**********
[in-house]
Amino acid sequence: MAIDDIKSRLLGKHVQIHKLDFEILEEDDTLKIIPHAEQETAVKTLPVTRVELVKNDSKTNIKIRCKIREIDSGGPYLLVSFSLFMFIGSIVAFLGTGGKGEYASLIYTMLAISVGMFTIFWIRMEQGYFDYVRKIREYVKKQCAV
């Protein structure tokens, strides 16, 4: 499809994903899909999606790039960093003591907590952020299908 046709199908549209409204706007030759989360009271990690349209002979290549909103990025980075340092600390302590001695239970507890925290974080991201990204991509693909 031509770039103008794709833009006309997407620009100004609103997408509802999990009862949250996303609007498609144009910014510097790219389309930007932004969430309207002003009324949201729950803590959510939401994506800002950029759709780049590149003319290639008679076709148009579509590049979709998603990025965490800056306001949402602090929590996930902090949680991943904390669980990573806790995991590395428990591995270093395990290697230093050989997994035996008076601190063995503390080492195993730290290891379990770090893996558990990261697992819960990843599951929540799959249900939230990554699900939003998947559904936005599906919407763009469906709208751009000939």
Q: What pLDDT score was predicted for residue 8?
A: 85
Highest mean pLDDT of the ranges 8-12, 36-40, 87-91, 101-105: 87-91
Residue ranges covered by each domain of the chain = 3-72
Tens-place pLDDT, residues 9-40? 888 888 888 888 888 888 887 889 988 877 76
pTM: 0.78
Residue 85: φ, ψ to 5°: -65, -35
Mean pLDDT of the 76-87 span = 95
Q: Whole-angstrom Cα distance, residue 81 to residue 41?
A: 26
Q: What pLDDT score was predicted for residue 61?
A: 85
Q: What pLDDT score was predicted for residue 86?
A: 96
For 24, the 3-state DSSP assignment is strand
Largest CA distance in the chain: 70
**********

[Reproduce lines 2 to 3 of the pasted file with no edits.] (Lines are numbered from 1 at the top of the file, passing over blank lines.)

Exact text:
Amino acid sequence: MAIDDIKSRLLGKHVQIHKLDFEILEEDDTLKIIPHAEQETAVKTLPVTRVELVKNDSKTNIKIRCKIREIDSGGPYLLVSFSLFMFIGSIVAFLGTGGKGEYASLIYTMLAISVGMFTIFWIRMEQGYFDYVRKIREYVKKQCAV
């Protein structure tokens, strides 16, 4: 499809994903899909999606790039960093003591907590952020299908 046709199908549209409204706007030759989360009271990690349209002979290549909103990025980075340092600390302590001695239970507890925290974080991201990204991509693909 031509770039103008794709833009006309997407620009100004609103997408509802999990009862949250996303609007498609144009910014510097790219389309930007932004969430309207002003009324949201729950803590959510939401994506800002950029759709780049590149003319290639008679076709148009579509590049979709998603990025965490800056306001949402602090929590996930902090949680991943904390669980990573806790995991590395428990591995270093395990290697230093050989997994035996008076601190063995503390080492195993730290290891379990770090893996558990990261697992819960990843599951929540799959249900939230990554699900939003998947559904936005599906919407763009469906709208751009000939």